Name: Sarosha Ali
Faculty: Science, Molecular Biology and Biochemistry (3rd year)
Year of Study: 3rd
Supervisor: Dr. Bingyun Sun
What are your career interests?
I am interested in pursuing medicine either clinical or experimental to support the healthcare industry. I enjoy learning about cardiology, blood circulatory system, hematopoietic system, and the diseases associated with it. Hopefully, I will direct myself to pursue these branches of medicine.
How did you get involved in research?
I received an email about Work-Study program and thought it as a
great opportunity to gain some experience. I applied and got accepted. Soon after I found an interesting project named “Reproduction in Birds”, emailed my resume to the project supervisor, got selected for an interview (it was more like a chat tbh), and started working. I enjoyed assisting Ph.D. candidates in Dr. Tony William’s lab for 8 months. After acquiring experience, I approached Dr. Bingyun Sun to work on mammalian stem cell culture. I was assigned an independent research project and it was a turning point for myself. I gathered a lot of experience doing research in Sun’s lab which helped me acquire a co-op position at STEMCELL Technologies.
Fun Fact: There is an Animal Care Research Facility at SFU (isolated into the
What will you be working on this summer?
I will be working as a part of the Contract Assay Services (Pre-clinical trials)
department at STEMCELL Technologies. This means providing toxicity testing and immune services to meet client contractual requirements. As a co-op student, I will learn to perform cell-forming unit (CFU) assays on hematopoietic stem and progenitor cells (mainly erythroid, myeloid, and megakaryocyte) and its utility for toxicity screening. As a part of a contract research organization, I will be supporting the department to work with industrial and academic researchers to help answer their drug development and cell biology questions.
What have you been working on in your research so far? (What is your research about?)
I conducted research on the project called “Embryonic stem cell culture,
migration, and proteomics” for 2 years. In which protagonist were the Chinese Hamster Ovary (CHO) cells, they are used in biological and medical research and commercially in the production of therapeutic proteins. I studied the effects of exogenous N-acetylglucosamine (GlcNAc) to CHO cells on their rate of wound closure using the scratch migration assay and on their proliferation. GlcNAc which was the antagonist in the project was found to slow down cell migration and proliferation, accompanied by cell hypertrophy of the CHO cells. It is important to study the effects of different N-glycans and respective N-glycosylation as they play significant roles in stem-cell development. It is now known that its dysregulation leads to several diseases such as diabetes mellitus, oncogenic transformation of animal cells, and metastasis of cancer cells.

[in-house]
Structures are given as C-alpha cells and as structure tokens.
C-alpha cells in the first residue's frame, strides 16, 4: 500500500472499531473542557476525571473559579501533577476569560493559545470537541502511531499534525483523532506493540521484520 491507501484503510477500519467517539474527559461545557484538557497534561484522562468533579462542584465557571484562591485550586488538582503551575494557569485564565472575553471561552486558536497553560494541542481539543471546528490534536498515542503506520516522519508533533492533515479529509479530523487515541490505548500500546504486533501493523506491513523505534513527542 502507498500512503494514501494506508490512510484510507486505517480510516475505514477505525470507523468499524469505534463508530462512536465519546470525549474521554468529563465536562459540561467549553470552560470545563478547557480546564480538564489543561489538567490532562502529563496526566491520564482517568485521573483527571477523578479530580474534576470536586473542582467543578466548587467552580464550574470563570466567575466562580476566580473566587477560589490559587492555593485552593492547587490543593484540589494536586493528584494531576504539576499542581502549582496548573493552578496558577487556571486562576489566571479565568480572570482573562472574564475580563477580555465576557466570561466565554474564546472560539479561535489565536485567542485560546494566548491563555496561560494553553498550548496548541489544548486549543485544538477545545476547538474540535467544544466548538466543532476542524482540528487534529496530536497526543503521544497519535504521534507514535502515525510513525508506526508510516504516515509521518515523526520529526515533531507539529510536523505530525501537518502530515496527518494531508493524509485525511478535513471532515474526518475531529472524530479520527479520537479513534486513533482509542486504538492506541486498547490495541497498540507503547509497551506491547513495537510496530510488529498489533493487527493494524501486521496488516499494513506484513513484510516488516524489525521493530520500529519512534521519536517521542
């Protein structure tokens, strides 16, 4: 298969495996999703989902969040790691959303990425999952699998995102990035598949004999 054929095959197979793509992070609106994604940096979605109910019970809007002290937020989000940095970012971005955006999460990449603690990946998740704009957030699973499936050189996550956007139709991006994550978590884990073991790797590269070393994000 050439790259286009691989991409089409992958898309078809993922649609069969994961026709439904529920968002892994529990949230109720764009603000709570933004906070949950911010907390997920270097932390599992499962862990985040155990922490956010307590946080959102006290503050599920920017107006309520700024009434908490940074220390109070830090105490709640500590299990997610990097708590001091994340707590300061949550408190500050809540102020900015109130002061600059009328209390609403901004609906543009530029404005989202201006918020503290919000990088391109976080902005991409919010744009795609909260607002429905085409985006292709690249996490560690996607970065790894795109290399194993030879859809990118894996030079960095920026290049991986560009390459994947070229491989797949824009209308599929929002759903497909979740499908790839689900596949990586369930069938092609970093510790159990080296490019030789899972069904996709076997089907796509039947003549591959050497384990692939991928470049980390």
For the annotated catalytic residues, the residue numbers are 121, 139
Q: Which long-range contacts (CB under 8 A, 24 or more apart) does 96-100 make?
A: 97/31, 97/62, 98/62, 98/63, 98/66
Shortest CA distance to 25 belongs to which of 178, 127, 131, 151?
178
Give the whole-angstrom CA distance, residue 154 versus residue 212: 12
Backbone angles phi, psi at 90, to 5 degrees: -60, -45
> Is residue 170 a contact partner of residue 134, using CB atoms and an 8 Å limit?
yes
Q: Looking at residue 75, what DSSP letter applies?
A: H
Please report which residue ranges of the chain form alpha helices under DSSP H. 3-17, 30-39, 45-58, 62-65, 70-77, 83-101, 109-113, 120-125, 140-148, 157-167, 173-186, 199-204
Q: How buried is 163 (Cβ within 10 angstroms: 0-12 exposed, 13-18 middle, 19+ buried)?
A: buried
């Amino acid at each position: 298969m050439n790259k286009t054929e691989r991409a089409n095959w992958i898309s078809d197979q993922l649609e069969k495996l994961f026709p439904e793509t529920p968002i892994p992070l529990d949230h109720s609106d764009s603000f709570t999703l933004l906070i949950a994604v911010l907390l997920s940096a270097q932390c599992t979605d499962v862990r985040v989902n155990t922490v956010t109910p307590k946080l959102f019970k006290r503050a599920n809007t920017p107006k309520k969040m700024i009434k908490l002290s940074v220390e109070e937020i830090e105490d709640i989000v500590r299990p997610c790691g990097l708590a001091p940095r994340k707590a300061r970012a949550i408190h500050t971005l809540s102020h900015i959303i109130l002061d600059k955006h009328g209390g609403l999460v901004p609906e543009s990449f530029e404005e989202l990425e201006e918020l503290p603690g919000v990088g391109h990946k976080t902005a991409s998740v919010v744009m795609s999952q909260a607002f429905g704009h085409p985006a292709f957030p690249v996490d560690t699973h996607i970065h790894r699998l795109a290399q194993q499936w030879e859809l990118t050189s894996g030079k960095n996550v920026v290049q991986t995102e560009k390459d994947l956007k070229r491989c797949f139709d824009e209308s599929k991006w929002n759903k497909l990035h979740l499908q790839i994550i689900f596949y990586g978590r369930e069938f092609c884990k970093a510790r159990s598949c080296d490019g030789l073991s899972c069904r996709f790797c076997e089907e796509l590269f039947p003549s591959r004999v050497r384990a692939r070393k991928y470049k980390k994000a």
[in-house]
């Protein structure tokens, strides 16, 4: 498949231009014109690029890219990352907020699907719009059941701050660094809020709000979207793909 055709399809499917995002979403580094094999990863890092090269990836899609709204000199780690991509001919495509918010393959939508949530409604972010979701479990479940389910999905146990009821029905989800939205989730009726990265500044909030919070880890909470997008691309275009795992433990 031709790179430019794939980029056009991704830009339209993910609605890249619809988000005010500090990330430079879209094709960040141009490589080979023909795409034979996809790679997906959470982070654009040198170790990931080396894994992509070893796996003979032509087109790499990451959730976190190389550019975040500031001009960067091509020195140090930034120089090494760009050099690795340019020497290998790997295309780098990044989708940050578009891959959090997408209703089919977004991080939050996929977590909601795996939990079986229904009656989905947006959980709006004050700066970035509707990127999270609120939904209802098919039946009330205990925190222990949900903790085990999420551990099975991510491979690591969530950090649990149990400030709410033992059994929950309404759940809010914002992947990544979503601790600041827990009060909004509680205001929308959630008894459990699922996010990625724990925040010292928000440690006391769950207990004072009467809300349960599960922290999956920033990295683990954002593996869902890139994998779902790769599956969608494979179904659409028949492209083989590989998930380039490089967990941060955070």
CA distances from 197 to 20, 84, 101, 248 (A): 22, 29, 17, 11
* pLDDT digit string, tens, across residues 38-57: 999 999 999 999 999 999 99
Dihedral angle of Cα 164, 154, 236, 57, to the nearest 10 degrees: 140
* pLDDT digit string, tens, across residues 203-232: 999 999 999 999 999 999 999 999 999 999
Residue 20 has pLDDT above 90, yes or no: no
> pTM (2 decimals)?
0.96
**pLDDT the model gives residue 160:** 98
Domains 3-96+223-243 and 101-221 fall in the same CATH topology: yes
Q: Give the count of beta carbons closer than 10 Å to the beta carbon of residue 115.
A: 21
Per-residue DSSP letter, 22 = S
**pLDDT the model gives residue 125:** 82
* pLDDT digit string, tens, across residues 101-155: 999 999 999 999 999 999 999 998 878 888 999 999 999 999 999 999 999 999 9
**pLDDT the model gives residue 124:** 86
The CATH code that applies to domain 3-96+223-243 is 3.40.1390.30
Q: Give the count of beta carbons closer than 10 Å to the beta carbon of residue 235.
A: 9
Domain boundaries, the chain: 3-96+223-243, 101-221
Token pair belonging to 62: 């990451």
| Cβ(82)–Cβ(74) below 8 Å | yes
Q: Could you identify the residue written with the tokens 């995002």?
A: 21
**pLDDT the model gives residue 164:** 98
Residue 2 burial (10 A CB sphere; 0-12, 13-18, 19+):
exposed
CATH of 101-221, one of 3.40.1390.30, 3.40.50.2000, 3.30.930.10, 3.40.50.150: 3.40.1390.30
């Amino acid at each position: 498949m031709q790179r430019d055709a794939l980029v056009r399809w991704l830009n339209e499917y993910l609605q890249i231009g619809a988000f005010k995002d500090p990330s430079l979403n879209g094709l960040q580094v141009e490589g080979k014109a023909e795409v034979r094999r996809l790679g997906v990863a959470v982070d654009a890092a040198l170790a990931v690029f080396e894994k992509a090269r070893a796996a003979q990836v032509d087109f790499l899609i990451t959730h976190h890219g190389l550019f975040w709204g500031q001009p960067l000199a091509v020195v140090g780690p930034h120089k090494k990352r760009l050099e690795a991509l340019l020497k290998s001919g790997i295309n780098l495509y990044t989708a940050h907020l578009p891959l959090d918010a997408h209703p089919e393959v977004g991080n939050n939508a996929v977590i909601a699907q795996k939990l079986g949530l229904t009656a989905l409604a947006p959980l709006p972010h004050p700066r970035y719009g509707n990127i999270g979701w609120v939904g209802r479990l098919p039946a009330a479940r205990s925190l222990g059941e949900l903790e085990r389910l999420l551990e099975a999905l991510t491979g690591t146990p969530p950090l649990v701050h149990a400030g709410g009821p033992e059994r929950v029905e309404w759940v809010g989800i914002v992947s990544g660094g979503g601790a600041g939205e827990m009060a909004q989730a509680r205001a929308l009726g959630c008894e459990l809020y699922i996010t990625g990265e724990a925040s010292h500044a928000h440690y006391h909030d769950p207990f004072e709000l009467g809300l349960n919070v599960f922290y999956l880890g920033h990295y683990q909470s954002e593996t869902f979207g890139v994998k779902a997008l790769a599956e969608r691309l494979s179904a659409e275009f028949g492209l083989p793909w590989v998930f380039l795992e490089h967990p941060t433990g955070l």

Previously, I assisted Ph.D. candidates for 8 months in Dr. Tony William’s Lab for the project called “Reproduction in Birds”. I helped with two sub-projects: 1) Eco-toxicology: Long-term effects of early (in ovo or perinatal) exposure to mercury in birds. 2) Physiological effects of exercise and training for increased foraging effort. This involved performing bird husbandry, setting up breeding boxes, and performing venipuncture on birds to collect blood for hematology assays to determine hemoglobin and hematocrit (red blood cells percentage volume) levels.
What is a typical “day in the life” in the lab for you?
It typically involved a combination of cell passaging and cell counting, besides cell microscopy on a daily basis. Once or twice a week it required me to perform protein analysis such as Bradford protein assay and running SDS-PAGE electrophoresis to determine the protein concentrations of microsomal, nuclear, and cytosolic proteins of the cells. Some days are desk work including result analysis and reading articles. As a senior student, I was also responsible for lab management such as maintenance of the biosafety cabinet.
What’s your favourite course that you have taken so far in your degree?
MBB 308-Molecular Biology laboratory: this course is based on modern
recombinant nucleic acid methods. I really enjoyed swapping/modifying bacterial genes which produced fluorescent bacterial colonies (super cool stuff!). Although, it included some of the most crucial steps of DNA and RNA isolation, plasmid preparation, restriction enzyme digestion, DNA cloning, and polymerase chain reaction.
Favourite science joke or meme from your field?
If you were a scientific lab instrument, which one would you be?
Multi-channel pipette, as I am good at multi-tasking in a lab setting with accuracy and speed.
Who is your biggest science crush?
Sherlock Holmes (Forensic Scientist) because every person working in a lab setting must have his qualities of being observant all the time and being logical without jumping to conclusions.
What scares you the most in the lab or the field?
Weird and scary sound of an unbalanced centrifuge as it might cause damage to the centrifuge or contamination in the cell culture which means starting all over again.